Saturday, July 02, 2022

By Michael Godfrey

I COULDN’T help but smile the other day when I received a ‘Thank You’ card. It wasn’t so much the receiving of the card but the fact that the staff in An Post were able to deliver it to the correct address.

There was no post code, no townland and the incorrect town. In fact, the only thing that was right was the county. Yet the good people in the sorting office in Carlow were able to get it right.

We often take the efforts of certain services for granted. We just assume that because they nearly always get it right that it is instinctive. But it is a lot more than that.

I still recall a wonderful video that a group of postal workers posted during Covid. It was great to see a fleet of vans leave a sorting centre to go far and wide delivering parcels and letters up and down every laneway in the country.

Through all kinds of weather, these people go that extra distance – not faulting the efforts of the private couriers here – to make sure your parcel or letter is delivered with the minimum of fuss.

My late postman, Andy Kane, from 63 Pairc Mhuire, Bagenalstown, who sadly passed away on 27 July 2021, was the epitome of the values the good people of An Post advocate every day of the year. I got to know Andy a little over 14 years ago. I had just moved to my current address when he knocked on the door, announced that he was going to be my postman and handed me a bunch of mail. What a nice gesture, I thought, as there was a post box on the gate and all the man had to do was put the mail in it and carry on.

But I later discovered that was not the way Andy did things. If something larger than usual was to be delivered and we were not there to take it in, we would see the parcel tucked under an outdoor seat – with a note at the door informing us of that fact. If it was too large for under the seat, he would go to the trouble of putting it in the shed.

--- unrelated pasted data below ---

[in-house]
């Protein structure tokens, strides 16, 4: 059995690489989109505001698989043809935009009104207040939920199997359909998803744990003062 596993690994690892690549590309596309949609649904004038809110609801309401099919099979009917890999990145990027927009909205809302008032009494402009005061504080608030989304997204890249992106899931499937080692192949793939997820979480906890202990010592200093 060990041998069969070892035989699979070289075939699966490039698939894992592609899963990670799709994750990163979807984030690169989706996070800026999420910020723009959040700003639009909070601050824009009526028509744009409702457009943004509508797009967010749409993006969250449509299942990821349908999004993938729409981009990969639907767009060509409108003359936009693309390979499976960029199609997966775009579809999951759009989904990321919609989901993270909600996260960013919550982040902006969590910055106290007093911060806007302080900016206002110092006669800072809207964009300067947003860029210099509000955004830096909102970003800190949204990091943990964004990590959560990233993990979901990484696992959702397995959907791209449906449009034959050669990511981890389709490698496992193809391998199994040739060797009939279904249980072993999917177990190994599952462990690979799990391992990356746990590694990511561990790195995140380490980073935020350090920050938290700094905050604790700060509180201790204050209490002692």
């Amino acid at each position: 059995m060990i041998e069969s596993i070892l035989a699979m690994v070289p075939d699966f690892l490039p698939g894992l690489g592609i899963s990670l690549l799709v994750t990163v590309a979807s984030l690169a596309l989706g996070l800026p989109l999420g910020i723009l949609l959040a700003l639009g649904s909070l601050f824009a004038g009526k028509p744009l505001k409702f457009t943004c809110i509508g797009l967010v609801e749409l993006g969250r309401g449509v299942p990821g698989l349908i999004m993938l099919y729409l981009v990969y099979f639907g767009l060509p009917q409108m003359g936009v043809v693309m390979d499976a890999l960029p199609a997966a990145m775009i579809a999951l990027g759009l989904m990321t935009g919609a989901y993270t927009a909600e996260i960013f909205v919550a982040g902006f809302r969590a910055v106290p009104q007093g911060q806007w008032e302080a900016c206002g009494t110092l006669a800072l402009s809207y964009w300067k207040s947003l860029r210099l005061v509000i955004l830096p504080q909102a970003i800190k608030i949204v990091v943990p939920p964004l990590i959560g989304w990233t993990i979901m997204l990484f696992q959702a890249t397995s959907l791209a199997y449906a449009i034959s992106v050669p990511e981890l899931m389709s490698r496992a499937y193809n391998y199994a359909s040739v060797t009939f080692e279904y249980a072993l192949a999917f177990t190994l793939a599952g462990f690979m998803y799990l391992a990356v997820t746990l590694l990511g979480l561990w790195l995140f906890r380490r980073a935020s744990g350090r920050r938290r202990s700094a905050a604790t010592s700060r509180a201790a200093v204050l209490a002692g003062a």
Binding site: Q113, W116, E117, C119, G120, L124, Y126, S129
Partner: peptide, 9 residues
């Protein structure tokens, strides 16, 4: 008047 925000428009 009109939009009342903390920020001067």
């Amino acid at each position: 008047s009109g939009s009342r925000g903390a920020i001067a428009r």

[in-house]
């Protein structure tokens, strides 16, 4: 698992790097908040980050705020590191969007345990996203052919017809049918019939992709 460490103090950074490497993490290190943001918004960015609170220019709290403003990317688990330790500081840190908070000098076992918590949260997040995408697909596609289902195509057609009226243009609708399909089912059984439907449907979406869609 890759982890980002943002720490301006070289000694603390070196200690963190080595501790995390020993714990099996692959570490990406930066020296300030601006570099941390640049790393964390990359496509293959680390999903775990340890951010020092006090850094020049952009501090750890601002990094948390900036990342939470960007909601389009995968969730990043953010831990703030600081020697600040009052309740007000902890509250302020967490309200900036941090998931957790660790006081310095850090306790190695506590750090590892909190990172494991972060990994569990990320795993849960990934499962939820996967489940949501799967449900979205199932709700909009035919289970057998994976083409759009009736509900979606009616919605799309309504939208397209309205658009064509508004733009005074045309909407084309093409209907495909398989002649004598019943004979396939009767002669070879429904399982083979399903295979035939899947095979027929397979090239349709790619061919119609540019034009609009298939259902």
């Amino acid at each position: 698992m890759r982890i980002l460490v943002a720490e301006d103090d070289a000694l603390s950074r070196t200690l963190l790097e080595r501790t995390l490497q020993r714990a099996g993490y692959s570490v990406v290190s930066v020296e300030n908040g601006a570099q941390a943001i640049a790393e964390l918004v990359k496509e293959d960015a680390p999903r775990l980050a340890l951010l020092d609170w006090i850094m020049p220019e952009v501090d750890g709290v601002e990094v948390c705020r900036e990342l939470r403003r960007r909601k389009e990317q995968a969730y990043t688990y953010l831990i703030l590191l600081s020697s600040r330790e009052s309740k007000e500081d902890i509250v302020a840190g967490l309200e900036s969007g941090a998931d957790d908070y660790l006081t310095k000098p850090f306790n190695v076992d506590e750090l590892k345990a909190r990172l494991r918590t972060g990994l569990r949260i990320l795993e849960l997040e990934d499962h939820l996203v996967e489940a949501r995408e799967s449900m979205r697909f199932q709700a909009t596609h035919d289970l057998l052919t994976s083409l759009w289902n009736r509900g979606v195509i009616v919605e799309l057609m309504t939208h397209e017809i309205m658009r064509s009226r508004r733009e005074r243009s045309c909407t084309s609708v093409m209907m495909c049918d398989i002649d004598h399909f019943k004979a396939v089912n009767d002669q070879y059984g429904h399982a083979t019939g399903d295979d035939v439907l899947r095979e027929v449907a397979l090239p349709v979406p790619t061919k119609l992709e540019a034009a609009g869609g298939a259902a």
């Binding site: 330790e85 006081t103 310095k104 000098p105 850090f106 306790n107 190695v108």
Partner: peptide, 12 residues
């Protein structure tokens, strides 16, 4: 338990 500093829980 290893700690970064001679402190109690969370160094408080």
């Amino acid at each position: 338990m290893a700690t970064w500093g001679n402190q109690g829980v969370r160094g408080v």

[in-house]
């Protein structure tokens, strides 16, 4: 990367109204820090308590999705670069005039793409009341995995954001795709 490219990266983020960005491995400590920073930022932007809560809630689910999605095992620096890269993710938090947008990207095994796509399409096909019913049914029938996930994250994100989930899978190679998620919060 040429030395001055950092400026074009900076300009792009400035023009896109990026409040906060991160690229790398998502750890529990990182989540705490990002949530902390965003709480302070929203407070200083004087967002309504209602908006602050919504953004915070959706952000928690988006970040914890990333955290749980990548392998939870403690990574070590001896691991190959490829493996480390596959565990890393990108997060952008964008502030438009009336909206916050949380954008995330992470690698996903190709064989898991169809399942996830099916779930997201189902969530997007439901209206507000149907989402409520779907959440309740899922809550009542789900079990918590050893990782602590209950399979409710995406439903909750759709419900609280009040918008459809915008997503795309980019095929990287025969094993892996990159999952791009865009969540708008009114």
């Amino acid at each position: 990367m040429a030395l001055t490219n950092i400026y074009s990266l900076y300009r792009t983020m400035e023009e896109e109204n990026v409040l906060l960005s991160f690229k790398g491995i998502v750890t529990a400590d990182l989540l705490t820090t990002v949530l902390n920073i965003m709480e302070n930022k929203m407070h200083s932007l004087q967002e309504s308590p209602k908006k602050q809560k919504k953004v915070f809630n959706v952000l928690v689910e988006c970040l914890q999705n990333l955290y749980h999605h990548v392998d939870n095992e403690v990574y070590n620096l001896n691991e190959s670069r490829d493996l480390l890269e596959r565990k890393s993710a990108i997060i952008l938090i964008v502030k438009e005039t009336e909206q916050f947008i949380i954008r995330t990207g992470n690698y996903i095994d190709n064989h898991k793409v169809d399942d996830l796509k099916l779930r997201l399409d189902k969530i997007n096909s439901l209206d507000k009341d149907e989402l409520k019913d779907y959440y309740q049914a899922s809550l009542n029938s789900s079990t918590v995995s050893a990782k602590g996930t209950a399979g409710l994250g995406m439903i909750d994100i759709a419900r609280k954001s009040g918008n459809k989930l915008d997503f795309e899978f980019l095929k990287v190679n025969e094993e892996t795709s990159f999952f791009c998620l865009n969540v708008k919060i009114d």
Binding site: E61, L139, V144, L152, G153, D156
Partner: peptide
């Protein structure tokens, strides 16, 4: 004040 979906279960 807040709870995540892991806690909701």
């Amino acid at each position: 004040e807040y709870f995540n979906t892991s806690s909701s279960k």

No matter how busy he was – and his van was always full with a wide variety of mail – Andy always had time to stop and chat. If it was raining and he saw us go out to meet him at the post box, he would put the hand up and walk towards us, saying it was enough for one of us to get wet.

As I said, Andy sadly passed away almost a year ago, but he would be pleased to know that those who have replaced him continue that personal, courteous service that was the measure of the man.

I also know he would have been delighted with the fact that someone in the sorting office knew that this particular customer didn’t live in Leighlinbridge – not that there is anything wrong with that beautiful village or anyone living here – but was part of his client base.

We live in an age of anonymity; neighbour doesn’t know neighbour, and if you stopped a pedestrian to ask for directions to a place, they would refer you to Google. That is their new norm, and they don’t see anything wrong with that. Unfortunately, they don’t know what they are missing. It is good to have postcodes and Google, but there is nothing wrong with mixing that with the human element.

Those of us who knew Andy consider ourselves lucky. Here was a man who didn’t look at his watch but took the time to interact and connect with the people he met. I only ever met him on two occasions outside of work, but each time he greeted me with the same friendly smile.

The arrival of that envelope last week showed me that there are other people, more than most of us will ever know, who continue providing that personal service.



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